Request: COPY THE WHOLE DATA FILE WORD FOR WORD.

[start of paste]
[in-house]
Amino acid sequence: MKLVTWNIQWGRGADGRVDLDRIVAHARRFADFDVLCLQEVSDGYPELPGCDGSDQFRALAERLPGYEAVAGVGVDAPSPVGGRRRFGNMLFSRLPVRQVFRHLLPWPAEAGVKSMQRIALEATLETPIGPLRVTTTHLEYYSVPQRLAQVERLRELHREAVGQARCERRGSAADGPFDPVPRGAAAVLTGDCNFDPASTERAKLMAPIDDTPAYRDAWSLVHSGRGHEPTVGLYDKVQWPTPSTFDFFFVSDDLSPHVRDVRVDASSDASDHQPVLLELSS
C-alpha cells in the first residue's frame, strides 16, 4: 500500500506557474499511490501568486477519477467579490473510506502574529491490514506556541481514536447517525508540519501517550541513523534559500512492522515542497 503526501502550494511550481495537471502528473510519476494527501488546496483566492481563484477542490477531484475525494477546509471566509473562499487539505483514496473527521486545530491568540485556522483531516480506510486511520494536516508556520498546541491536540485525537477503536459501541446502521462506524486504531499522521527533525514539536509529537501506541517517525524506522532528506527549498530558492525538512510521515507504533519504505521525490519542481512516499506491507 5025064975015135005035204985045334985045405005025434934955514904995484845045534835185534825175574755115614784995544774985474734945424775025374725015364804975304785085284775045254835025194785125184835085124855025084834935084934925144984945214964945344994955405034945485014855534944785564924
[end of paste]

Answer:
[in-house]
Amino acid sequence: MKLVTWNIQWGRGADGRVDLDRIVAHARRFADFDVLCLQEVSDGYPELPGCDGSDQFRALAERLPGYEAVAGVGVDAPSPVGGRRRFGNMLFSRLPVRQVFRHLLPWPAEAGVKSMQRIALEATLETPIGPLRVTTTHLEYYSVPQRLAQVERLRELHREAVGQARCERRGSAADGPFDPVPRGAAAVLTGDCNFDPASTERAKLMAPIDDTPAYRDAWSLVHSGRGHEPTVGLYDKVQWPTPSTFDFFFVSDDLSPHVRDVRVDASSDASDHQPVLLELSS
C-alpha cells in the first residue's frame, strides 16, 4: 500500500506557474499511490501568486477519477467579490473510506502574529491490514506556541481514536447517525508540519501517550541513523534559500512492522515542497 503526501502550494511550481495537471502528473510519476494527501488546496483566492481563484477542490477531484475525494477546509471566509473562499487539505483514496473527521486545530491568540485556522483531516480506510486511520494536516508556520498546541491536540485525537477503536459501541446502521462506524486504531499522521527533525514539536509529537501506541517517525524506522532528506527549498530558492525538512510521515507504533519504505521525490519542481512516499506491507 5025064975015135005035204985045334985045405005025434934955514904995484845045534835185534825175574755115614784995544774985474734945424775025374725015364804975304785085284775045254835025194785125184835085124855025084834935084934925144984945214964945344994955405034945485014855534944785564924